Sharing with strangers

Delia was a brilliant domestic manager. She could turn a cold and empty new house into a warm, attractive home at very high speed, very short notice and low cost. 'Minimalism' as a house style to her meant nihilism, cheerlessness, characterlessness. No way! As large as Kirkhill House is, in no time she had arranged all of our hundreds of books and pictures (like me she could not tolerate bare walls or empty bookcases) together with her collections of chinaware, and had interspersed our own pieces of furniture with those belonging to the Hickeys. What of ours would not fit comfortably within the house went into the detached garage, where it resides to this day.

Kirkhill's dining room at once became my office and the front porch with its super daylight my painting studio. There were four bedrooms, three of which would become available for bed and breakfast guests, a cosy kitchen with oil fired AGA. There was / is a sort of figure of eight living room, the neck of which took the form of an archway and which we immediately curtained off so as to contain the heat of the open fire in the half where we could sit, watch TV, read our books and do whatever private things we might want to do in front of the fire in the evenings. The other half became our guests' dining room.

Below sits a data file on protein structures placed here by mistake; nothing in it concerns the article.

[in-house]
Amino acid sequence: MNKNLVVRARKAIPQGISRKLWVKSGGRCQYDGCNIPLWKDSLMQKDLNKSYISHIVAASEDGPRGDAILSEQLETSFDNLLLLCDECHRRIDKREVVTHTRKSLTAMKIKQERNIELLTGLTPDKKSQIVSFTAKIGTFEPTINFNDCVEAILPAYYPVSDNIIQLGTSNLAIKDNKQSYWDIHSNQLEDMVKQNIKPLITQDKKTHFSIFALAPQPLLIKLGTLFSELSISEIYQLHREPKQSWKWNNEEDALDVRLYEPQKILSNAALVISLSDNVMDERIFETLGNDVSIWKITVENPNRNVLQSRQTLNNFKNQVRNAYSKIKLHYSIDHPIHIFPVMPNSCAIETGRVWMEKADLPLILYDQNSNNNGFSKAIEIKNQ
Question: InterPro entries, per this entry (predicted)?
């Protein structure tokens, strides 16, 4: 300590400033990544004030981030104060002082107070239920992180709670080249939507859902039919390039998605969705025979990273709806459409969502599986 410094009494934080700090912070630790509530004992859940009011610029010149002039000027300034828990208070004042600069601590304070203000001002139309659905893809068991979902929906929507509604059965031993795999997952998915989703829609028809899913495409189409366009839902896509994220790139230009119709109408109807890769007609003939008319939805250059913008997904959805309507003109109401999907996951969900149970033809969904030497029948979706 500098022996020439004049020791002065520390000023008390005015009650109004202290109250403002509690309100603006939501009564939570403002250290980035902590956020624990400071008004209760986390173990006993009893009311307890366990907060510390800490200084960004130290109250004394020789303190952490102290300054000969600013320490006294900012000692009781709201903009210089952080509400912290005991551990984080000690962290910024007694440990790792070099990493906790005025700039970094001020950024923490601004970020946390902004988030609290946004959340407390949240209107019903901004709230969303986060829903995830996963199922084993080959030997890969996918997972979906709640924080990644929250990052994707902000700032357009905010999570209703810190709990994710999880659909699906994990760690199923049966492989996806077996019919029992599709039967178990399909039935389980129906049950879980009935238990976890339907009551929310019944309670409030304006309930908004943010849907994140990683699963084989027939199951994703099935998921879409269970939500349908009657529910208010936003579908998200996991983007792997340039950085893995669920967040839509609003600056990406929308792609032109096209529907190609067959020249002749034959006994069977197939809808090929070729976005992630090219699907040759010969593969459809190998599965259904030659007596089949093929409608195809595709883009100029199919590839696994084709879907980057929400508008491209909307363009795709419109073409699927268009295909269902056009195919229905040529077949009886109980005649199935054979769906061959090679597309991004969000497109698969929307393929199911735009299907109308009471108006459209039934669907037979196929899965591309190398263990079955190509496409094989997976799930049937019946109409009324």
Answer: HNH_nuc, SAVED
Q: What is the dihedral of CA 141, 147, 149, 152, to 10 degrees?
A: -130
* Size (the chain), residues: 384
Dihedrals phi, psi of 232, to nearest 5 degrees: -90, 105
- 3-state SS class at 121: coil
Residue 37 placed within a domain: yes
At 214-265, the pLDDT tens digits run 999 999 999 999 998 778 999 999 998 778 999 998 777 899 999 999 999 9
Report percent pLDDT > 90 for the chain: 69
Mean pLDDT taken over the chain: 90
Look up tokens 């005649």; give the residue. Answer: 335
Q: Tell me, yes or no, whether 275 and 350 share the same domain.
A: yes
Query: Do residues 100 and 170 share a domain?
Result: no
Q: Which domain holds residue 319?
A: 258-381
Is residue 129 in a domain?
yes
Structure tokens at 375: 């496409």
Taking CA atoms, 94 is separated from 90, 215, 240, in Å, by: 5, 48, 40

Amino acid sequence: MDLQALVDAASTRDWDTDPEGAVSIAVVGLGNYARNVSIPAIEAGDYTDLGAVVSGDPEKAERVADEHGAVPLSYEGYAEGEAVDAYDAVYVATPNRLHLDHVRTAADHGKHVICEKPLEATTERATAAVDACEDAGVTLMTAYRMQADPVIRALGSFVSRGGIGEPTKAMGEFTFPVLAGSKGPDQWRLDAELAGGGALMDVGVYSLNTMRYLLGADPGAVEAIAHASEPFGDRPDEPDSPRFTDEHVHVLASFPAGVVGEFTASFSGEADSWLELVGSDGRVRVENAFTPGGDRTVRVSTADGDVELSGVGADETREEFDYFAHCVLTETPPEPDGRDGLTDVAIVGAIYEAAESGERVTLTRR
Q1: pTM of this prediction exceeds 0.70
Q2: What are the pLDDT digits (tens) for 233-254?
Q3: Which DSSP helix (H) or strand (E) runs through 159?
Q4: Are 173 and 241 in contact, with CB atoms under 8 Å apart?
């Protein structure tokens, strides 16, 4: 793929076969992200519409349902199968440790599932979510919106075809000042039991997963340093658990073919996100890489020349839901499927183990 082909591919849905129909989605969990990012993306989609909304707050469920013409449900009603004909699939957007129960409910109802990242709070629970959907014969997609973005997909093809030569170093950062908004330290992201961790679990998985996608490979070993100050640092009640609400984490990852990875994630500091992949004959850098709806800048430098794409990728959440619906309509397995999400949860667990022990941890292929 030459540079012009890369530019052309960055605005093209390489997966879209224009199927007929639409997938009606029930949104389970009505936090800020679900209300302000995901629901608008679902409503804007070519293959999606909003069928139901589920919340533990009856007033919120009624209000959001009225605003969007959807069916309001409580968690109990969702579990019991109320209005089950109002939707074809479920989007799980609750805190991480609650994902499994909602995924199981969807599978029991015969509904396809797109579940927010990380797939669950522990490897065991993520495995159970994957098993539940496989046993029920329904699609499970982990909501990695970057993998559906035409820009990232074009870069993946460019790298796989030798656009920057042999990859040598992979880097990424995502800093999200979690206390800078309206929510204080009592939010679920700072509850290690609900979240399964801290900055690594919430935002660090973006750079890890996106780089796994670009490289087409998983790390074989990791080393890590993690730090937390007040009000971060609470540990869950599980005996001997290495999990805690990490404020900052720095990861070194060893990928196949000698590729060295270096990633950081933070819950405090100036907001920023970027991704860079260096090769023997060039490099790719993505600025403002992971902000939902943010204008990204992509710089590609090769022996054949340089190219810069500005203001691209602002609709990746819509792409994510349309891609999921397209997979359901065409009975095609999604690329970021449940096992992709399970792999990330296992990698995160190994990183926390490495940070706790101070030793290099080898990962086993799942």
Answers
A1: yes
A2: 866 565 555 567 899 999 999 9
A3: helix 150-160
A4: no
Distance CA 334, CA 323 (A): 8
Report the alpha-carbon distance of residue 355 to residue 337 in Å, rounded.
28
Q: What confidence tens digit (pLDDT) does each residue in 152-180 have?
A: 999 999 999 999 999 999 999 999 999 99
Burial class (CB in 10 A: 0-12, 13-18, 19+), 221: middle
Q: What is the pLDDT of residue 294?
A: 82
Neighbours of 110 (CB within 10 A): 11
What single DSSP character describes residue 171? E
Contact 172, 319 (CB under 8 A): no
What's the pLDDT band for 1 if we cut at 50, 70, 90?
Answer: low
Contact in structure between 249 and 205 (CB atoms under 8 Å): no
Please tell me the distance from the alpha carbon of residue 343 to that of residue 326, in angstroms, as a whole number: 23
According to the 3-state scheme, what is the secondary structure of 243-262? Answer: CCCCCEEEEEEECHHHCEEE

According to plan we started up our B&B that first spring/summer in Kirkhill House and continued it throughout the rest of that year and most of the next. Neither of us were at first quite sure about letting strangers into the house but we very quickly got into the swing of it. Over fifteen months or so we met with some really nice people, a few of whom are still to this day in touch with me. They were mainly Germans, Italians, Scottish and French but many other nationalities including all theScandinavians plus Japanese and Chinese. Even a few English.(One Chinese family group who booked in by e-mail were a bit of a mystery. I couldn't understand why folk with such a prestigious home address as theirs smack bang in central London would be B&B'ing up here in the north of Scotland. Much bowing on arrival but little conversation as I cannot speak their language. But eventually I learned the young man was a junior member of the Chinese embassy. His parents were over here on holiday.